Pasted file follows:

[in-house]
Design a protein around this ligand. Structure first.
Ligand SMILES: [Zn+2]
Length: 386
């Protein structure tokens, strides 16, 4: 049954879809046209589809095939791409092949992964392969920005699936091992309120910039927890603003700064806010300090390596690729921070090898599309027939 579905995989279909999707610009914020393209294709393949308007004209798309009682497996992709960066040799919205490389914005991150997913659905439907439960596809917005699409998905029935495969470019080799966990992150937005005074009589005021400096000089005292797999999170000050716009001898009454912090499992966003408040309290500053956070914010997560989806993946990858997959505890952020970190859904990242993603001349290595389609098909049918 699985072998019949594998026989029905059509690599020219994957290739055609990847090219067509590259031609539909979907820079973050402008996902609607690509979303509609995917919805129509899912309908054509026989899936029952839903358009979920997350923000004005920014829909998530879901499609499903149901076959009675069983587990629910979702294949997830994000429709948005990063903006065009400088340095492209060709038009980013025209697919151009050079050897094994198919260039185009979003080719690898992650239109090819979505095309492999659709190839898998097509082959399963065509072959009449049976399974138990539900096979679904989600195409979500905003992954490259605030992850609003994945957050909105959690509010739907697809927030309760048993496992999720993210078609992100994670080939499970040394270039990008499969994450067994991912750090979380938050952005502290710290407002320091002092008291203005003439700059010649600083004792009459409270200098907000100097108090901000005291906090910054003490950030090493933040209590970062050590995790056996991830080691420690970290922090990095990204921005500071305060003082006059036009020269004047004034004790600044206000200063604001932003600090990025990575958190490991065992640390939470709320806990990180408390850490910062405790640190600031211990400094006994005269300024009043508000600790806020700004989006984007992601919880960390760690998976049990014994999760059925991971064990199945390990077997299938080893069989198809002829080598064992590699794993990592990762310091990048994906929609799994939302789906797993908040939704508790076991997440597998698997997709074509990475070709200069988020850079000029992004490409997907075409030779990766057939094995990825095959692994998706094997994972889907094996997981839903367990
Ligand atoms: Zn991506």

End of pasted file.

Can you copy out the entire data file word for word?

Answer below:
[in-house]
Design a protein around this ligand. Structure first.
Ligand SMILES: [Zn+2]
Length: 386
């Protein structure tokens, strides 16, 4: 049954879809046209589809095939791409092949992964392969920005699936091992309120910039927890603003700064806010300090390596690729921070090898599309027939 579905995989279909999707610009914020393209294709393949308007004209798309009682497996992709960066040799919205490389914005991150997913659905439907439960596809917005699409998905029935495969470019080799966990992150937005005074009589005021400096000089005292797999999170000050716009001898009454912090499992966003408040309290500053956070914010997560989806993946990858997959505890952020970190859904990242993603001349290595389609098909049918 699985072998019949594998026989029905059509690599020219994957290739055609990847090219067509590259031609539909979907820079973050402008996902609607690509979303509609995917919805129509899912309908054509026989899936029952839903358009979920997350923000004005920014829909998530879901499609499903149901076959009675069983587990629910979702294949997830994000429709948005990063903006065009400088340095492209060709038009980013025209697919151009050079050897094994198919260039185009979003080719690898992650239109090819979505095309492999659709190839898998097509082959399963065509072959009449049976399974138990539900096979679904989600195409979500905003992954490259605030992850609003994945957050909105959690509010739907697809927030309760048993496992999720993210078609992100994670080939499970040394270039990008499969994450067994991912750090979380938050952005502290710290407002320091002092008291203005003439700059010649600083004792009459409270200098907000100097108090901000005291906090910054003490950030090493933040209590970062050590995790056996991830080691420690970290922090990095990204921005500071305060003082006059036009020269004047004034004790600044206000200063604001932003600090990025990575958190490991065992640390939470709320806990990180408390850490910062405790640190600031211990400094006994005269300024009043508000600790806020700004989006984007992601919880960390760690998976049990014994999760059925991971064990199945390990077997299938080893069989198809002829080598064992590699794993990592990762310091990048994906929609799994939302789906797993908040939704508790076991997440597998698997997709074509990475070709200069988020850079000029992004490409997907075409030779990766057939094995990825095959692994998706094997994972889907094996997981839903367990
Ligand atoms: Zn991506």